I’ll post soon, but for now, here’s some Tones.
I don’t really understand what the big fuss about prom is. Nor do I understand the point of spending so much money on it. Here’s how much money I spent on prom this year and how I spent it: Ticket ($85), shoes ($90–biggest splurge), dress ($44–biggest bargain), boutonniere ($9.50)…and that’s pretty much it. So it comes to a grand total of $228.50. That’s a ton of money, but it’s still so much less than other people dropped! I managed to do my own hair and makeup, which saved me in that regard, and I don’t really care about getting a limo (however my friends want to next year) so I just drove to the Westin. Prom isn’t worth all of that cash down the drain. I could pay for the tortoise shell Ray-Bans that I want with that money, and still have enough left over to get a bunch of books from Barnes & Noble-that’s what I really want.
That’s not saying I didn’t have fun, because I totally did. My old friend Chelsea was there, which was the biggest surprise to me. The last thing I was expecting was to see her there, and when she showed up at my table I almost had a heart attack. Do you ever just wish that someone you love would show up to make a slightly sucky situation better? Well, it’s a fantasy I often have. Like a surprise party, except with just one person. I wasn’t even thinking about it, but seeing Chels there was one of the most surreal experiences of my life. I basically spent the night catching up with her, and dancing too sometimes, but having my other half there made it go by faster and bit more interesting.
Also good was post prom, which I think I enjoyed more because of the company. Or perhaps, lack there of-I find that I prefer less people in a social setting, the less people, the better. Prom was too overcrowded this year, I thought I was going to suffocate on the dance floor. Getting home and into shorts and a sweatshirt was the biggest relief ever, as was getting space to walk around and lay down. I only get three hours of really bad sleep that night, but that’s kind of what I was expecting. Prom really isn’t unlike any other school dance I’ve been to, except I’m older and a bit more cynical.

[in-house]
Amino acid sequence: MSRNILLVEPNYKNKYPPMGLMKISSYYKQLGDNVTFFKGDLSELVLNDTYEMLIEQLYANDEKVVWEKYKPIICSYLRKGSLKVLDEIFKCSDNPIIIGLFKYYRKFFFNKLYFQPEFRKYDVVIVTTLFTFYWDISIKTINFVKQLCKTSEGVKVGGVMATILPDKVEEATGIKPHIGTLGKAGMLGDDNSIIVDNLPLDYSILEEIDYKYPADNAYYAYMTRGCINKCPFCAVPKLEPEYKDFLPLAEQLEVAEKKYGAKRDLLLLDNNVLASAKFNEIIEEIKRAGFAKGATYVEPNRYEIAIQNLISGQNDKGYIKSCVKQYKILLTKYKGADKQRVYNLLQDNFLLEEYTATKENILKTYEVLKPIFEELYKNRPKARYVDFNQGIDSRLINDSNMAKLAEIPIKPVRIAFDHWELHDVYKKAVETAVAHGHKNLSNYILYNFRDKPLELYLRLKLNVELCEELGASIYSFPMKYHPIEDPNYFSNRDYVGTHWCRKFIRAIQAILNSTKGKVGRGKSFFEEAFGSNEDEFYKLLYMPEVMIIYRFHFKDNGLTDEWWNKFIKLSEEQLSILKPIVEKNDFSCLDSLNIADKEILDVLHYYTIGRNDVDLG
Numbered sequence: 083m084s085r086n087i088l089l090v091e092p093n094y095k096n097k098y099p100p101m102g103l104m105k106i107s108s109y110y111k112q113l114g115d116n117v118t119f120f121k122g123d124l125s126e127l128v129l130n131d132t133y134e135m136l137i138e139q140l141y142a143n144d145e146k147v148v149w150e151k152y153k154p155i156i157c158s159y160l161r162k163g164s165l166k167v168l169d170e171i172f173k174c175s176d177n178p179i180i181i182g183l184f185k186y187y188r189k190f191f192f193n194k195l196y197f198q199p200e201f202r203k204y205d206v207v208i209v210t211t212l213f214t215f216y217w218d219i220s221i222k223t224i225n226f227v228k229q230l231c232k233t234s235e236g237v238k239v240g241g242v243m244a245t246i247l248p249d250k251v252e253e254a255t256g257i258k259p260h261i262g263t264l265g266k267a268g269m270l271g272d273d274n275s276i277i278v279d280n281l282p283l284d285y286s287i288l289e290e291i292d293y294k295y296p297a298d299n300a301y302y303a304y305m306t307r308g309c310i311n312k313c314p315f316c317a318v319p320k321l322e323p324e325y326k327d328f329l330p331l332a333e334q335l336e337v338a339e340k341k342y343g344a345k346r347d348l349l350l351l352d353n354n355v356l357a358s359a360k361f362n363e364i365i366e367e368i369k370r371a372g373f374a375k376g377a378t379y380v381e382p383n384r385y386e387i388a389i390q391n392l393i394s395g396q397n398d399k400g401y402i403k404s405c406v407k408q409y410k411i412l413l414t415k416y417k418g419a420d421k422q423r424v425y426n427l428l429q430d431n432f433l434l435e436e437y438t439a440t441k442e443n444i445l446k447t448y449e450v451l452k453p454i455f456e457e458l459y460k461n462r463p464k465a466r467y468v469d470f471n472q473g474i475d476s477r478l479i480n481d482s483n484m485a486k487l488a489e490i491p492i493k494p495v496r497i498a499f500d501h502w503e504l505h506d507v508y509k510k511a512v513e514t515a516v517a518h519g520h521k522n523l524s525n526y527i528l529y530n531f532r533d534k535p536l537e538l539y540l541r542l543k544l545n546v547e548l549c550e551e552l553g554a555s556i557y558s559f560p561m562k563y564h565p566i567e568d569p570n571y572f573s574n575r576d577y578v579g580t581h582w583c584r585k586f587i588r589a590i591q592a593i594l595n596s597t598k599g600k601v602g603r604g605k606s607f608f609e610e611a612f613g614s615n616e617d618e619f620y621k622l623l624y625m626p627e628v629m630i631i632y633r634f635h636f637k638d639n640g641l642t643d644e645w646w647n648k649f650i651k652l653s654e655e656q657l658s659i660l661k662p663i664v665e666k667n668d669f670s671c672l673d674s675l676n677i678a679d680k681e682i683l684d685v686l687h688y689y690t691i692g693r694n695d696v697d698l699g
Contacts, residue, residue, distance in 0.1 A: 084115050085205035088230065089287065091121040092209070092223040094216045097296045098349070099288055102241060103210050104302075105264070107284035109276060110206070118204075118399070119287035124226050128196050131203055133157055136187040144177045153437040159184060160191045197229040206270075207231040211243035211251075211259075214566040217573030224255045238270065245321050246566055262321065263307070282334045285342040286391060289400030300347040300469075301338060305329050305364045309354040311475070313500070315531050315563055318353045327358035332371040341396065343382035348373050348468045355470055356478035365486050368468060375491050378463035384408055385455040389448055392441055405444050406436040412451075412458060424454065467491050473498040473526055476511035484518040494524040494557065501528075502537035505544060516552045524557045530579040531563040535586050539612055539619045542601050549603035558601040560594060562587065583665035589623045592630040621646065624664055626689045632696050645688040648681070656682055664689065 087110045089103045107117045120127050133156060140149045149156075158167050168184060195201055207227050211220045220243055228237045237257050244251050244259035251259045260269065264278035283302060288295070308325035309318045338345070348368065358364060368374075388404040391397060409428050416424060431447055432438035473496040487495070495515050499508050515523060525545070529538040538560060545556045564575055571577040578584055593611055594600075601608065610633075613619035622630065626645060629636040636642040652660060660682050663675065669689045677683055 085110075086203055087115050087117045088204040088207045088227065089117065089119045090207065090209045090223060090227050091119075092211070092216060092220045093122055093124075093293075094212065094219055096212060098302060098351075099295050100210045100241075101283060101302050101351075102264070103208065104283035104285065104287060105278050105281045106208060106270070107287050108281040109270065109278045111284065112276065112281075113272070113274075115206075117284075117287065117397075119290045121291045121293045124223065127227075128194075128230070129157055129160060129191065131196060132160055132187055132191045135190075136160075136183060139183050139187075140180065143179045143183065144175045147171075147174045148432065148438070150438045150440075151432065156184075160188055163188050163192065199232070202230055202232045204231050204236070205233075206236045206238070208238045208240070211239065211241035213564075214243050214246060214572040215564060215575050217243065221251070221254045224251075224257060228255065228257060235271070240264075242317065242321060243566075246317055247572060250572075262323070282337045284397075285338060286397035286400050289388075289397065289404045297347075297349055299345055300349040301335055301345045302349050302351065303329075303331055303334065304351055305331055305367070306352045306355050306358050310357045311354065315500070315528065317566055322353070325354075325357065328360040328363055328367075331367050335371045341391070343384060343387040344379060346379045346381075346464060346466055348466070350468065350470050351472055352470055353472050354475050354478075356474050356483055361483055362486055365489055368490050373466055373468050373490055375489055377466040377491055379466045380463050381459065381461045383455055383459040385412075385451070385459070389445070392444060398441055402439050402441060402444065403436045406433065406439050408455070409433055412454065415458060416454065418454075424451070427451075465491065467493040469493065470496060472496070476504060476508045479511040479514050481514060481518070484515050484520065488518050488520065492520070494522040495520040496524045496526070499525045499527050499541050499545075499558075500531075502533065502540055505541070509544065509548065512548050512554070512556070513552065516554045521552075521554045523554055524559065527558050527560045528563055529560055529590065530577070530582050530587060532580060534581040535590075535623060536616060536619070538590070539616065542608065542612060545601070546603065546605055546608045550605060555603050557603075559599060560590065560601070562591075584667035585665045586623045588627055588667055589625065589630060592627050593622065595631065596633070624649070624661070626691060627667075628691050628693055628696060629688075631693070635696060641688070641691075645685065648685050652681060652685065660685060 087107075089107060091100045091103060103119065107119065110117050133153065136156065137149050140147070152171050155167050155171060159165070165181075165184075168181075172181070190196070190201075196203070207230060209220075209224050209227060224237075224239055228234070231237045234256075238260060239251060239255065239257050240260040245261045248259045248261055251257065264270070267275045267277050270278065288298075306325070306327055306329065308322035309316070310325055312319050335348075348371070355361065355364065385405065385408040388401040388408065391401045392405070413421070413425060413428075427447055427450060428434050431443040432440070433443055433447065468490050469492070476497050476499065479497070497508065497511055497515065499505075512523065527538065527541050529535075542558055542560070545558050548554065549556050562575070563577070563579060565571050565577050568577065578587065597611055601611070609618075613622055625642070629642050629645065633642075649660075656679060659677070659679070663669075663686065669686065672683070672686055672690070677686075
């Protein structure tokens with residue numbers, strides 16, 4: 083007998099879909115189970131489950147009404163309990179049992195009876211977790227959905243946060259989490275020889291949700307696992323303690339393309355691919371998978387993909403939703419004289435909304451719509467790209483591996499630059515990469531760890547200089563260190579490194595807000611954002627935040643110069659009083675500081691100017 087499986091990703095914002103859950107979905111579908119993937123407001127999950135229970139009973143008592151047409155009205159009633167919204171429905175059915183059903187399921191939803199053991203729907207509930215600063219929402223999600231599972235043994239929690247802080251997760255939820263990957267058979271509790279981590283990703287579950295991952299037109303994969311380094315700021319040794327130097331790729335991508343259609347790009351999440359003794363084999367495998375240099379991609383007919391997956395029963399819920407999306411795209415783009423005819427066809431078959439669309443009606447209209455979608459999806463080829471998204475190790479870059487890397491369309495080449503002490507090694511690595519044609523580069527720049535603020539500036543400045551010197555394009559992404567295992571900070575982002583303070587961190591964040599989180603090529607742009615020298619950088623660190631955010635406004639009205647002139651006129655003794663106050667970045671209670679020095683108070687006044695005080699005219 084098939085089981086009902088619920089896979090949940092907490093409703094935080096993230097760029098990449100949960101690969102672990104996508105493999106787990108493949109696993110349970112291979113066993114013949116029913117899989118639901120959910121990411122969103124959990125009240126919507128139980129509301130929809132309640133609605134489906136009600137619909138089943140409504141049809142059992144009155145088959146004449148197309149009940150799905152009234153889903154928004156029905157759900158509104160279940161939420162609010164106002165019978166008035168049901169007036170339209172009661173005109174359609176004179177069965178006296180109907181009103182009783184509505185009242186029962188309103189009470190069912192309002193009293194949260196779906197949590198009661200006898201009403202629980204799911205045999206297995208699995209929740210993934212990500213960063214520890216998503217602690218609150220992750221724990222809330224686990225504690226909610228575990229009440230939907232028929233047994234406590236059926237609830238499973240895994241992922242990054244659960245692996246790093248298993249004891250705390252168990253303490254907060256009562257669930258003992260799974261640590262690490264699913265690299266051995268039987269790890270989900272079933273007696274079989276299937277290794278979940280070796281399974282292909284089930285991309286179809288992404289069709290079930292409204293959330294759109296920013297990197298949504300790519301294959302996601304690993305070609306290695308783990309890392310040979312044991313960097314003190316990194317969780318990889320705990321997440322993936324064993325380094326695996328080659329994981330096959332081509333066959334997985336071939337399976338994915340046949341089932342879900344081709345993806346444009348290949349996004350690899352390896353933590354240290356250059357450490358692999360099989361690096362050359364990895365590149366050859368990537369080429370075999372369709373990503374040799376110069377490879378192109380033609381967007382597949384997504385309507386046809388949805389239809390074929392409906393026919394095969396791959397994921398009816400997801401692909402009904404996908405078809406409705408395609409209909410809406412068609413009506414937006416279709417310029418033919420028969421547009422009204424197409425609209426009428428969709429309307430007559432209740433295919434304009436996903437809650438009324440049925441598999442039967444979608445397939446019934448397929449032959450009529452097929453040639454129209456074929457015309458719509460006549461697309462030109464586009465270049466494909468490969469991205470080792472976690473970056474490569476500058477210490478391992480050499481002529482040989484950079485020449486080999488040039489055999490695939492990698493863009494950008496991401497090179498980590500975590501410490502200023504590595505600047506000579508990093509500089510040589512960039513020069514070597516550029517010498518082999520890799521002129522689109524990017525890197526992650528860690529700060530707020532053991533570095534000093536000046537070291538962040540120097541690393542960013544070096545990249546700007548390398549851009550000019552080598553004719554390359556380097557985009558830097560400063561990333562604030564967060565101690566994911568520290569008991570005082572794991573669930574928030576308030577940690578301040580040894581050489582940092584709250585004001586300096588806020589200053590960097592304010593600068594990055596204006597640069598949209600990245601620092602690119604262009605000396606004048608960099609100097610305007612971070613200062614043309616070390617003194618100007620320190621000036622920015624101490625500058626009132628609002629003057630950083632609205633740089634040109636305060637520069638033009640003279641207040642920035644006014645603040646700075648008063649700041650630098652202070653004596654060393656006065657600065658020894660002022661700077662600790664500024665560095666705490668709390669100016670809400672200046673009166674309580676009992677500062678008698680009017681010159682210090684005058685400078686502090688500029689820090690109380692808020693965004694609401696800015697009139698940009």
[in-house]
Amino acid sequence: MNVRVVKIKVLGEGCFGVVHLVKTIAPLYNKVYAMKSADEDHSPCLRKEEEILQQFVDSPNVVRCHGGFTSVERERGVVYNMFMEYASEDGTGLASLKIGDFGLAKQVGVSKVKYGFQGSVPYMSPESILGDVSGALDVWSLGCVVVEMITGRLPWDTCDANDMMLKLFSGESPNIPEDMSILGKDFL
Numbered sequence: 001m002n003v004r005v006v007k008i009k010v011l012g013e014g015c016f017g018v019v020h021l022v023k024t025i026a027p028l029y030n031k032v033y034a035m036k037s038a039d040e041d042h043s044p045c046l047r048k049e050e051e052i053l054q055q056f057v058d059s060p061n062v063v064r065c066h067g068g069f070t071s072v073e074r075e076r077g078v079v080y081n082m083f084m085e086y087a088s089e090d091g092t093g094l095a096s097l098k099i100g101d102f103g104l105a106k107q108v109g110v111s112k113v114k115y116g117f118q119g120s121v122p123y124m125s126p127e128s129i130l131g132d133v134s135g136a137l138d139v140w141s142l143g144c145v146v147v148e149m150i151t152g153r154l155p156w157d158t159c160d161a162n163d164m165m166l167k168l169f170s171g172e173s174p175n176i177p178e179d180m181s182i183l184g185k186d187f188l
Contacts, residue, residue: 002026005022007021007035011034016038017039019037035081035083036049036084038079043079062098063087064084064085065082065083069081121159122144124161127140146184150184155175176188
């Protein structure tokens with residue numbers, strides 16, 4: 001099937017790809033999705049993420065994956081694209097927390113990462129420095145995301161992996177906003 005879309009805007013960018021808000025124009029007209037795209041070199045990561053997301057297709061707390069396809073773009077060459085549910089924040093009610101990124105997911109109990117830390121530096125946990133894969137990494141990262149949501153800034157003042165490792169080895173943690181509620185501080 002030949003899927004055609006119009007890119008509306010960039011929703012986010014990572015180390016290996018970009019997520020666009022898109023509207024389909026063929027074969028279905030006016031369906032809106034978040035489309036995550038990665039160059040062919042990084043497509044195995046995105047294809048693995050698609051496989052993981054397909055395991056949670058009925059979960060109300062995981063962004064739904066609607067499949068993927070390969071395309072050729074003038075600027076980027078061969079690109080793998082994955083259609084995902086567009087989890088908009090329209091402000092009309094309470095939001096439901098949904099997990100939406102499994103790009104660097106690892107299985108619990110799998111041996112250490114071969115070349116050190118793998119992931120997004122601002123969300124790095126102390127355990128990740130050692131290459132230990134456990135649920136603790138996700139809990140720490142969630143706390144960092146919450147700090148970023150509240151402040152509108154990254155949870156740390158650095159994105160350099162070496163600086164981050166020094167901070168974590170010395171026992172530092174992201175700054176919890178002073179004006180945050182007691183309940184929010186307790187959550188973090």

Okay, so it’s really about time that I posted again, and with my AP world exam tomorrow I really don’t feel like there’s anything else I can do but pray. So I’m going to take the time I’m not spending studying to write this blog about (drumroll please) flying.
Yes, number four on the list of top ten things that I love about gymnastics is flying-seriously, it’s all I do. In my book, flying can mean anything from twisting mid air as I pop off the vault to letting go of the bar and doing a flyaway. Any skill that requires me to be airborne is flying, really. And it’s really scary and really hard to do but at the same time it’s incredibly fun. Take flyaways, for instance. Flyaways are the basic dismount from the bar set; what happens is, the gymnast pushes away from the bar and swings out until her body is parallel to the ground, and then lets go. Her body then basically takes it from there-she’ll tuck (or layout, if she’s squeezing tight enough to stay straight) and flip over backwards, landing on her feet. If it’s a good day, and the gymnast has a lot of momentum, maybe she’ll even fly up-this is necessary if more than one rotation is the desired effect.